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Dhanurasana – The Bow Pose.

December 19, 2012

Dhanurasana – The Bow Pose.

Dhanurasana Pose

  • Come to lie in prone position i.e. face down on one’s belly with the forehead on the mat
  •  Bend the legs and grab each foot with each hand respectively between the ankles and the top of the feet
  •  Roll the shoulders back and away from the ears with the intention of the shoulder blades coming together
  •  Simultaneously on the inhalation lift the head and the chest up and stretch the legs as much as possible by taking the feet away from the buttocks, holding firmly on the feet and lifting the knees and thighs off the ground as the arms are stretched and straightened to facilitate the lift of the bent legs.
  •  The knees are not together but about hip distance apart
  •  Ideally, only the abdominal area should be resting on the floor
  •  Look forward or tilt the head back and look upwards
  •  Hold for 5 breaths as a beginner or 8 – 10 breaths or longer as a more advanced practitioner
  • Release the asana on the exhalation gently and slowly and relax the entire body back into prone position.

Counterpose / Pratikryasana:

  •  Lying in prone position with the forehead resting on the back of the hands
  •  Balasana – Child Pose

childs pose angus

Cautions & Modifications:

  •  Do not tilt the head too far back if prone to headaches and migraines as compressing the neck backwards may aggravate or cause a headache
  •  If this backbend proves more of challenge then in preparation grab the ankles instead of the top of the feet, then
  •  Flex the feet so that the hands are firmly held in place by the angle of the ankles and the feet by this flexed position
  •  Keep the thighs and the knees connected to the mat throughout the pose and only
  •  Lift the head and the chest as you intentionally squeeze the shoulder blades together by bending the arms and bringing the elbows in towards one another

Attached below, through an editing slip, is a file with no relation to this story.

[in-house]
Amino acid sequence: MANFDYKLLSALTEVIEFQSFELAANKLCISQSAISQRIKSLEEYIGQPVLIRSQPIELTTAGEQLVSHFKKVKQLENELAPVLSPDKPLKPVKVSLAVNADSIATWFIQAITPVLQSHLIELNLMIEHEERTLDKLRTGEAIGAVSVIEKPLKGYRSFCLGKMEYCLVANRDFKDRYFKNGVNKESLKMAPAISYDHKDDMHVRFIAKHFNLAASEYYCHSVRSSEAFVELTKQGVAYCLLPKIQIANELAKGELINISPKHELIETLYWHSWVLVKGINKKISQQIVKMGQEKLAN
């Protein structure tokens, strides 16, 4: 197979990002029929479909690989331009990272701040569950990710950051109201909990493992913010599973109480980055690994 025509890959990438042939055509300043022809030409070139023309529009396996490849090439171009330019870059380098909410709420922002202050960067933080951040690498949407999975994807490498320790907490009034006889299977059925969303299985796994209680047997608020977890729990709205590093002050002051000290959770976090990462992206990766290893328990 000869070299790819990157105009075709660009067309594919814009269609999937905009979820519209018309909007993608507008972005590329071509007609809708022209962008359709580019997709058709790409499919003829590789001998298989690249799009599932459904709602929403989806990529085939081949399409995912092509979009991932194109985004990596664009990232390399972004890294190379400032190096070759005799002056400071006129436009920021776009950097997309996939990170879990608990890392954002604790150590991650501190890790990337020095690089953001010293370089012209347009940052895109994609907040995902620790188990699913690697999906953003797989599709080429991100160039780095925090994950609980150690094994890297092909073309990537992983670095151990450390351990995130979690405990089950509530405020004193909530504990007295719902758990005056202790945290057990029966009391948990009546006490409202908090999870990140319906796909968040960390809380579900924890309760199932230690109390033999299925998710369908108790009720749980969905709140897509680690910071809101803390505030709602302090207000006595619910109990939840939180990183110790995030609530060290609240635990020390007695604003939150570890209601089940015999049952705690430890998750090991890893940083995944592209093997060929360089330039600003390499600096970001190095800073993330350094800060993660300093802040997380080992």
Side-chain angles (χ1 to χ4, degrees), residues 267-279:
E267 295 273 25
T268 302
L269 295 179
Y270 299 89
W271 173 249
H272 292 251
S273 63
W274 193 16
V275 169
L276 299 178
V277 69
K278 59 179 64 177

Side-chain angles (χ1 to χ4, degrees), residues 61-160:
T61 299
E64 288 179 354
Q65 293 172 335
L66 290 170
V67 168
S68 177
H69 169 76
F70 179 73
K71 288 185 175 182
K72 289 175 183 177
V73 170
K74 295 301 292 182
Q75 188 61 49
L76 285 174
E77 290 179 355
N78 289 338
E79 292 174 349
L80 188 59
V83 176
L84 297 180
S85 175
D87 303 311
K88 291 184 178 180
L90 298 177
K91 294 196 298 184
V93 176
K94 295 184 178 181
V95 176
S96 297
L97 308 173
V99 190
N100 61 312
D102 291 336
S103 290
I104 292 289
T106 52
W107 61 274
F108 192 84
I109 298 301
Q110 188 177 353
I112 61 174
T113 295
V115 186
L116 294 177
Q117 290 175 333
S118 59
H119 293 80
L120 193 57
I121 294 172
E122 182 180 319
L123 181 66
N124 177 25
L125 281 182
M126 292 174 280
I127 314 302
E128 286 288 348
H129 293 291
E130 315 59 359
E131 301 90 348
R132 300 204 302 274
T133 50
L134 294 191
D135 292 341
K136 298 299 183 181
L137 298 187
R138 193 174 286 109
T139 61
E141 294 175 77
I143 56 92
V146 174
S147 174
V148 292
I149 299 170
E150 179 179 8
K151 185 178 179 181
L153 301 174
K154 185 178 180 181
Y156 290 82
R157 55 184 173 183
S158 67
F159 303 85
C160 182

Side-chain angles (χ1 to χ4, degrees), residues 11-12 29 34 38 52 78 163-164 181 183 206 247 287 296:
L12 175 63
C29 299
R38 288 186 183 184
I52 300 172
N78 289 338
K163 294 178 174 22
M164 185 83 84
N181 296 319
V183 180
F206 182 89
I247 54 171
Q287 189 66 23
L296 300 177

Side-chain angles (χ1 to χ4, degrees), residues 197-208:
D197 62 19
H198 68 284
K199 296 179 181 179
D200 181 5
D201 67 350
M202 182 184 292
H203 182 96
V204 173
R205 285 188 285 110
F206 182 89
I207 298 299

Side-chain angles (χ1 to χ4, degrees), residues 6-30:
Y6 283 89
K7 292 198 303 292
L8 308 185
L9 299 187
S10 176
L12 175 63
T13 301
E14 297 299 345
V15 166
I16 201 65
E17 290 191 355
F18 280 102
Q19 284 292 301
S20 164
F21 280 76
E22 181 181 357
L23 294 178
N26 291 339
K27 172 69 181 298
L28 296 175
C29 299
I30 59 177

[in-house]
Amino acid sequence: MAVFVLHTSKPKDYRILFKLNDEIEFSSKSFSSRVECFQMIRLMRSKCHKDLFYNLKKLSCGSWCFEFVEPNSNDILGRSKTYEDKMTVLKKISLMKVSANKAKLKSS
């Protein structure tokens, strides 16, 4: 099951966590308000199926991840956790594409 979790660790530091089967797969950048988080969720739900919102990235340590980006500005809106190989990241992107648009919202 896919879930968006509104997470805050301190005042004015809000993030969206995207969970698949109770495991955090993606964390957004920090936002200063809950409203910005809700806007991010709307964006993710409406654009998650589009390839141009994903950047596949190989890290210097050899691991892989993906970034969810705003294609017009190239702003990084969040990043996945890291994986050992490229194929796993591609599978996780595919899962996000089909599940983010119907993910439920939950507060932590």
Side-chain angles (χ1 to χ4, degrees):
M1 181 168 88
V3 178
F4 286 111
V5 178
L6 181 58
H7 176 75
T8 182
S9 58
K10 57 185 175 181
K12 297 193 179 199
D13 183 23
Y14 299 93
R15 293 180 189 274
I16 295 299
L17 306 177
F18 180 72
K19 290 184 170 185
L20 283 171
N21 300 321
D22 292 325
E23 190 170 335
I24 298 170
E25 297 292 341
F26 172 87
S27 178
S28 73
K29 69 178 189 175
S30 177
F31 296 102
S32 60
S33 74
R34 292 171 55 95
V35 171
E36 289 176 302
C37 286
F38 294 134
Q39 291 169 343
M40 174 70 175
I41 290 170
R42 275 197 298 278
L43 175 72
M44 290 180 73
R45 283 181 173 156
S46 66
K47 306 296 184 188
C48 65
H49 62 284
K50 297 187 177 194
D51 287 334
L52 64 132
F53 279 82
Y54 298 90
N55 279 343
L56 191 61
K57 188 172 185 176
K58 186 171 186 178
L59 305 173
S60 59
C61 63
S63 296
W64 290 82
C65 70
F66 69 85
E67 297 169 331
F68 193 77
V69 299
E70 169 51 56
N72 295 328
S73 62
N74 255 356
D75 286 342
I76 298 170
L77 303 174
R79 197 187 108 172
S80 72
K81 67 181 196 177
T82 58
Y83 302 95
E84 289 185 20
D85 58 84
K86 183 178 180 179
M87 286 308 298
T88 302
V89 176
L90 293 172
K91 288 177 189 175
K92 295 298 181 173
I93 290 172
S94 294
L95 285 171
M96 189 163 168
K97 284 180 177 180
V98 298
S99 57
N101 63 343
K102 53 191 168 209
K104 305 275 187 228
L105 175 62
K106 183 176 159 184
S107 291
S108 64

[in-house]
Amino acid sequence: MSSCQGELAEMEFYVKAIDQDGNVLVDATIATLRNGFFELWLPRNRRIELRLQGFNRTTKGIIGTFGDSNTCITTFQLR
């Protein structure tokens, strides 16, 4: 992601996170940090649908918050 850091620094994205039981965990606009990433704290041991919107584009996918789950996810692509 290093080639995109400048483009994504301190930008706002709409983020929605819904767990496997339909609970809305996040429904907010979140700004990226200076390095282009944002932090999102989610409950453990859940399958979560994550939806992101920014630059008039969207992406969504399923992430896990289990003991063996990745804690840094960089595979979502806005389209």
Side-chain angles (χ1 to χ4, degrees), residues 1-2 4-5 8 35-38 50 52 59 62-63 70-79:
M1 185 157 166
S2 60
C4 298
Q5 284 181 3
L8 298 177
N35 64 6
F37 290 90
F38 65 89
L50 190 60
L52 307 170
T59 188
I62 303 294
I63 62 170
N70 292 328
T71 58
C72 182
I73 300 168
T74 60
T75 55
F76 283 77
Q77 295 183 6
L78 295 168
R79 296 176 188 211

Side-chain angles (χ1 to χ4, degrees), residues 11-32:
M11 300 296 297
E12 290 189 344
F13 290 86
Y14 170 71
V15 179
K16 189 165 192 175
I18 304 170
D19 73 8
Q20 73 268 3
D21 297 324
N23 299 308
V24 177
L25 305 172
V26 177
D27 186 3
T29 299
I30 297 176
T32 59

•  This version is ideal for beginners or for those who find the classic pose too strenuous
  •  Always practise a forward bend before and after a back bend to re-align the spine


  • Stretches the spine backwards
  • Rejuvenates and tones the spine
  • Helps to relieve back ache and recovery from spinal injuries
  • It is beneficial for lower back and sciatic pain when there is a slight displacement of the lumbar vertebrae, practising this asana helps to return the discs to the original position
  • Stretches the thigh muscles
  • Expands the chest which in turn facilitates and improves breathing
  • Corrects round drooping shoulders with regular practice
  • Tones and activates the kidneys
  • Massages the abdominal organs, mainly the digestive organs and increases circulation to the abdominal region
  • Creates heat in the body
  • Relieves fatigue by re-energizing the body

Chakra Association:

Svadisthana, Manipura, Anahata and Vishuddha, (especially when taking the head more back the neck is stretched as prana, (energy), moves from the abdominal area up to the throat area clearing any blockages).

Wishing you health and healing.

Much Love,



Juanita CaprariJuanita Caprari is a certified Yoga teacher and Public Relations Practitioner. She started her Yoga practice in 2002. She has completed two Yoga Teacher Training Courses, the last one through Ananda Kutir Ashram and has been teaching Yoga since 2007. or visit the website

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